(Washington, D.C., August 19, 2019) – The International Atomic Energy Agency (IAEA) has not demonstrably fulfilled its legal mandate to investigate the sites, equipment, and material documented in the clandestine nuclear archive that Israel seized from Tehran in a raid last year, according to a new Foundation for Defense of Democracies (FDD) report issued today.
In “Politics vs. Protocol: Iran’s Nuclear Archive and the IAEA’s Responsibilities,” Senior Iran Analyst Tzvi Kahn examines the archive’s contents and the corresponding responsibilities of the IAEA, the UN body tasked with monitoring Iran’s nuclear program. Noting that the archive identifies Iranian nuclear facilities, equipment, and activities previously unknown to the agency, Kahn argues that further investigation of Tehran’s nuclear program remains necessary to ensure that no covert nuclear activity continues today.
“Iran’s nuclear archive and the IAEA’s efforts – or apparent lack thereof – to act upon its findings have received insufficient attention in Washington, with some analysts dismissing the archive as a relic of the past with no policy implications for today,” Kahn said. “This report aims to dispel this myth by providing an overview of the archive – in clear, accessible language aimed at non-specialists – and its relevance for the multiple nonproliferation agreements that Iran has concluded.”
Historically, the IAEA has played a vital role in monitoring the spread of nuclear material worldwide. In the years before the 2015 nuclear deal with Iran, formally known as the Joint Comprehensive Plan of Action (JCPOA), the IAEA provided detailed reporting about Tehran’s nuclear activity, enabling the international community to reach informed decisions regarding appropriate countermeasures.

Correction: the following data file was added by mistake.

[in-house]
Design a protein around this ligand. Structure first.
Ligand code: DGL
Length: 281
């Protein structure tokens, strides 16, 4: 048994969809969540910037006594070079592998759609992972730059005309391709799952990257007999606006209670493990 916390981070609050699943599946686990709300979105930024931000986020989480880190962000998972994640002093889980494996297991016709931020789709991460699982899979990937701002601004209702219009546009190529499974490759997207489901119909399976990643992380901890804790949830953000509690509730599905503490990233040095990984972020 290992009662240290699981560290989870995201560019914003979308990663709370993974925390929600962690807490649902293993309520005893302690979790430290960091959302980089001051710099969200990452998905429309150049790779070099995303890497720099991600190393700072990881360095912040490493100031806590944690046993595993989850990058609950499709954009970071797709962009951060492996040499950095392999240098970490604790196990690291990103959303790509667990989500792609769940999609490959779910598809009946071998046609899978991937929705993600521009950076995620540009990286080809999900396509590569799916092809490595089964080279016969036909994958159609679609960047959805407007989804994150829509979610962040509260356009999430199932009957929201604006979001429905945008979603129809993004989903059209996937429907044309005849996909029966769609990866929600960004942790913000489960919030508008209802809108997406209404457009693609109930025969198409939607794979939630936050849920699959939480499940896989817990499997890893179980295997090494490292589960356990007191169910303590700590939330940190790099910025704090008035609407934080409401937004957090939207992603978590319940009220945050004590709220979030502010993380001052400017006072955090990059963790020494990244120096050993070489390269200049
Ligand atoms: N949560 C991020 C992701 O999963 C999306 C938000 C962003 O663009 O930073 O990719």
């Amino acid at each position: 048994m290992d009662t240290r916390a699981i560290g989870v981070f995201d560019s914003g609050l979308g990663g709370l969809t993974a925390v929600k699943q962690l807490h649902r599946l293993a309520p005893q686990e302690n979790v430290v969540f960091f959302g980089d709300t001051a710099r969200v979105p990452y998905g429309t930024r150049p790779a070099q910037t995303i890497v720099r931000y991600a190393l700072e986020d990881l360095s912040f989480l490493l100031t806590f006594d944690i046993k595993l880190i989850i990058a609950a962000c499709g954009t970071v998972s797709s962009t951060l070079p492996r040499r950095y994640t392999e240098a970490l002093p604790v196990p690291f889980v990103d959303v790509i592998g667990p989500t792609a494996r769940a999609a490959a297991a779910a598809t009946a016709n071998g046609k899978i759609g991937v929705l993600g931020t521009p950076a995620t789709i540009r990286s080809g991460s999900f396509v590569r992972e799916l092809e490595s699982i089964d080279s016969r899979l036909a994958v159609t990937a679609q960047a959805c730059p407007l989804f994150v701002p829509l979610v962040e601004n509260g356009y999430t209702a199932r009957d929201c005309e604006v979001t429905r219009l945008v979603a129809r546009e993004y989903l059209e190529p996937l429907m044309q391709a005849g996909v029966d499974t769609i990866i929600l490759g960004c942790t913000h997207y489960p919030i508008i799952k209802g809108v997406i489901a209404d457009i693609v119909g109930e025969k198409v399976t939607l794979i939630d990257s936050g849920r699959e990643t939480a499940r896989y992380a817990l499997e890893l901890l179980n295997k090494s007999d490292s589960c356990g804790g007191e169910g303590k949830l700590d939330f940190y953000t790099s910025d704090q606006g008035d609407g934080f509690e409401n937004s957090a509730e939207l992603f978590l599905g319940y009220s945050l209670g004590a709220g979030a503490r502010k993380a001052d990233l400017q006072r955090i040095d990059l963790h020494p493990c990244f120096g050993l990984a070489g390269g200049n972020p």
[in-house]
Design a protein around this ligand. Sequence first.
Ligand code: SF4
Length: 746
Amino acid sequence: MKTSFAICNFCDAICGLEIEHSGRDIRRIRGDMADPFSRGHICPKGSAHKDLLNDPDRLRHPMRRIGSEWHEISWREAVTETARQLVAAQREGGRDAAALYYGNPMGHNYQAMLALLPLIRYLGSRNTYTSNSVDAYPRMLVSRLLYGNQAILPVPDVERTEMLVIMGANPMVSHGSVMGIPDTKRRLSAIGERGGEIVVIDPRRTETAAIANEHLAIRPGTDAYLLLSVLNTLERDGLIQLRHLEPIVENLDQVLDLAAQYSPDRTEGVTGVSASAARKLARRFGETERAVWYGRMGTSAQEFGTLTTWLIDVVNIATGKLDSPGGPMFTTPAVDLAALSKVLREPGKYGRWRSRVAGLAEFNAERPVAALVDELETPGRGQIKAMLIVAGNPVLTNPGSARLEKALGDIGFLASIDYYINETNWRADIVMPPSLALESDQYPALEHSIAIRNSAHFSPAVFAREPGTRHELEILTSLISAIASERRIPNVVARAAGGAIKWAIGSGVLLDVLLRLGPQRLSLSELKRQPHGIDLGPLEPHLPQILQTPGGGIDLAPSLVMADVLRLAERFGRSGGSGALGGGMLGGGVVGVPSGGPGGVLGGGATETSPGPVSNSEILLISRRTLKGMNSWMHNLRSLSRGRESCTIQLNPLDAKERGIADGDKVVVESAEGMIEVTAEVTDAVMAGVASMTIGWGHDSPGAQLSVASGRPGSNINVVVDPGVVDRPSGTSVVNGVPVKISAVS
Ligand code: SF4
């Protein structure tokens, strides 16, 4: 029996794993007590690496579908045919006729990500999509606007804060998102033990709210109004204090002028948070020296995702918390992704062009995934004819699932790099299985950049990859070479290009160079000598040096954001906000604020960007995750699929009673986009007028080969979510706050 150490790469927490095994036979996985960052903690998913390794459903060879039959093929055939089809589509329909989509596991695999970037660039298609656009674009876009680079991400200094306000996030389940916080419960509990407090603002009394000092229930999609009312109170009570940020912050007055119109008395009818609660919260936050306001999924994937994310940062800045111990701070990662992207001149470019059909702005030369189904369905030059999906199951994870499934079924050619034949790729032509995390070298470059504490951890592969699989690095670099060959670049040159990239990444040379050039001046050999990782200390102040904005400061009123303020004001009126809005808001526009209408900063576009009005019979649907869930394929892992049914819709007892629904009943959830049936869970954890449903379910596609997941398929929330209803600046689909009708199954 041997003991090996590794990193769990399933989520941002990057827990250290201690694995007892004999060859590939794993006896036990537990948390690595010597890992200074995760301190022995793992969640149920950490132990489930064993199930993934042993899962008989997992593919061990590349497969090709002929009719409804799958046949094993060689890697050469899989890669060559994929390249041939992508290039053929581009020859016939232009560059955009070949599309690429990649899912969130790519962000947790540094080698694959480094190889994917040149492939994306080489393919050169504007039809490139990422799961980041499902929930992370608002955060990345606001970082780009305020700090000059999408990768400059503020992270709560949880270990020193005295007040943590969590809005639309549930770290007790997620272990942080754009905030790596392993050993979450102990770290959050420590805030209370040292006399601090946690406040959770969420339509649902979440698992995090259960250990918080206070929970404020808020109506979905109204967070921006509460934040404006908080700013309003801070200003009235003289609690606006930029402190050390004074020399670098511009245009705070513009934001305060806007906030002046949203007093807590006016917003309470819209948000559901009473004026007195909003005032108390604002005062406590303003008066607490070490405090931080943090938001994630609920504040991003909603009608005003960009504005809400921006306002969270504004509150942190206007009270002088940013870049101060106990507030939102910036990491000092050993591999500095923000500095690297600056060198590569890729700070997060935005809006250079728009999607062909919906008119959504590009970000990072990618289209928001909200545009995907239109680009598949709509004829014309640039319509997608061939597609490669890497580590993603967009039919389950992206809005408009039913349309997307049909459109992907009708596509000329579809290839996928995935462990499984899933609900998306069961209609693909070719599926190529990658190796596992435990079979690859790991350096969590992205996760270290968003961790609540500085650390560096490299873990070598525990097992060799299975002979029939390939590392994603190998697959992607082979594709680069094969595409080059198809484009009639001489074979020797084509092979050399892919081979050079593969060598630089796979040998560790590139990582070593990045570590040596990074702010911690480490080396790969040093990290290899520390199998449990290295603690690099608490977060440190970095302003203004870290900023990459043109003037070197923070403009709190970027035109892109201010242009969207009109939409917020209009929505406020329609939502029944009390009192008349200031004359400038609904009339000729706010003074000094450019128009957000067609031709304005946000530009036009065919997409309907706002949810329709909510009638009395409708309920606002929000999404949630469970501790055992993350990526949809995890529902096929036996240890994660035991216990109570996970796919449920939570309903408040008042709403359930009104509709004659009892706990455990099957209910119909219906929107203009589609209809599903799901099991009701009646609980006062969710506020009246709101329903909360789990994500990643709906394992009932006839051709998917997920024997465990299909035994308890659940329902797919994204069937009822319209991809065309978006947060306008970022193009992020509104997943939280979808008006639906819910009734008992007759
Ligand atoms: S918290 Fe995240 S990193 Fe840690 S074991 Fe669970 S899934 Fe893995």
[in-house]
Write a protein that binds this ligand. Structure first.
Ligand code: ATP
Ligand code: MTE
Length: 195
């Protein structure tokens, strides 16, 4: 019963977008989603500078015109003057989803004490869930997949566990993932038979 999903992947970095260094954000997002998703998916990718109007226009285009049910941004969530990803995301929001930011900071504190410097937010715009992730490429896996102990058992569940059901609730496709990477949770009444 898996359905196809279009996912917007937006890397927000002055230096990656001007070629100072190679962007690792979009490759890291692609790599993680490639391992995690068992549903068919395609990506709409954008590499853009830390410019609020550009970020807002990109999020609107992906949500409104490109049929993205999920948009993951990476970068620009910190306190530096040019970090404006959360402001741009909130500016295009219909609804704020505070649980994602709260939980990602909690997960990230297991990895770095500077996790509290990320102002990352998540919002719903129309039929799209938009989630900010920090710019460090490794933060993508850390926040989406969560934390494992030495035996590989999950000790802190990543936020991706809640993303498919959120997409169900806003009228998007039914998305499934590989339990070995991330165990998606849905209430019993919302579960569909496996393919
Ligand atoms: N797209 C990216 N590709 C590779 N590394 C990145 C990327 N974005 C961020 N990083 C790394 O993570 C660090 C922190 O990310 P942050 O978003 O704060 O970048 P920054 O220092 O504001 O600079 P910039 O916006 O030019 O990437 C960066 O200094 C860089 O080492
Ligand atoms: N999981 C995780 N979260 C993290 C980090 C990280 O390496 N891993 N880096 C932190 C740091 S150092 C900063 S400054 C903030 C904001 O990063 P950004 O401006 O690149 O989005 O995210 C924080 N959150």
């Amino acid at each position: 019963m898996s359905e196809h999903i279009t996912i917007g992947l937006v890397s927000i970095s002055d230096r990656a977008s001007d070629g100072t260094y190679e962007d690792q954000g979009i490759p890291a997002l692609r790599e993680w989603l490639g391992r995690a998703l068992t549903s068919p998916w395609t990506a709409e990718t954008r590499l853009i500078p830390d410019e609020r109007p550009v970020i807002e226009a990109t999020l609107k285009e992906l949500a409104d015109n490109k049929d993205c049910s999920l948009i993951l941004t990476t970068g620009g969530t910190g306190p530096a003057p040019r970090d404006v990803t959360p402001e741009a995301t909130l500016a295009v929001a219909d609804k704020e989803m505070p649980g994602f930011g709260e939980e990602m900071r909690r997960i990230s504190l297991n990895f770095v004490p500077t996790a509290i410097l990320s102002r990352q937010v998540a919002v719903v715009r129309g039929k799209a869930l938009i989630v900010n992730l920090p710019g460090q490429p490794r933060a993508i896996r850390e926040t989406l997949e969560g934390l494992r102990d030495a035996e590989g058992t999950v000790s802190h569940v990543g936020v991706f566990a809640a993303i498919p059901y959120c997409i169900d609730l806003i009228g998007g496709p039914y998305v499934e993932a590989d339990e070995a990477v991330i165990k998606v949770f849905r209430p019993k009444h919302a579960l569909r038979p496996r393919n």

Since the JCPOA, however, the IAEA has provided insufficient transparency and clarity about its inspections in Iran. This opacity raises questions about the diligence of the IAEA’s investigations – particularly its probe of sites, equipment, and activities catalogued in the archive.
The agency’s approach, Kahn writes, invites criticism that political considerations have interfered with its obligation to serve as an objective, technical body. The actions and public statements of IAEA leaders convey a hesitation to scrutinize any Iranian activity that potentially violates the JCPOA, lest the resulting evidence undermine the accord’s viability. This reluctance is all the more notable in light of the IAEA’s comparatively swift responses to disclosures of new information in the years prior to the JCPOA.
“This report shines a much-needed spotlight on Iran’s longstanding nuclear mendacity, which strikes at the heart of the global nonproliferation regime,” said FDD chief executive Mark Dubowitz. “As importantly, however, the study also provides a much-needed refresher course on Iran and the IAEA’s core legal obligations, which are still widely misunderstood. Kahn incisively elucidates how the IAEA has shirked its duty – and what the agency still must do to determine the full nature of Iran’s nuclear program.”
The report provides several recommendations. It urges the IAEA to inspect promptly all Iranian sites, equipment, and materials discussed in the archive; to strengthen its investigation of past and present issues concerning the possible military dimensions (PMD) of Iran’s nuclear program; to issue comprehensive, transparent reports on Iran’s nuclear activities; and to require Tehran to supply the IAEA with all documents that Israel failed to extract from the archive. The report also urges the Trump administration and Congress to call upon the IAEA to take these steps.
Since Israel publicly disclosed the archive in April 2018, FDD, in conjunction with the Institute for Science and International Security, has produced a series of papers analyzing the archive’s contents and significance. Kahn’s report builds upon these essays by providing a more detailed assessment not only of the archive’s legal implications, but also of the shortcomings in the IAEA’s response.
The Foundation for Defense of Democracies (FDD) is a Washington, DC-based nonpartisan policy institute focusing on national security and foreign policy. Visit our website at fdd.org and connect with us on Twitter, Facebook, and YouTube.
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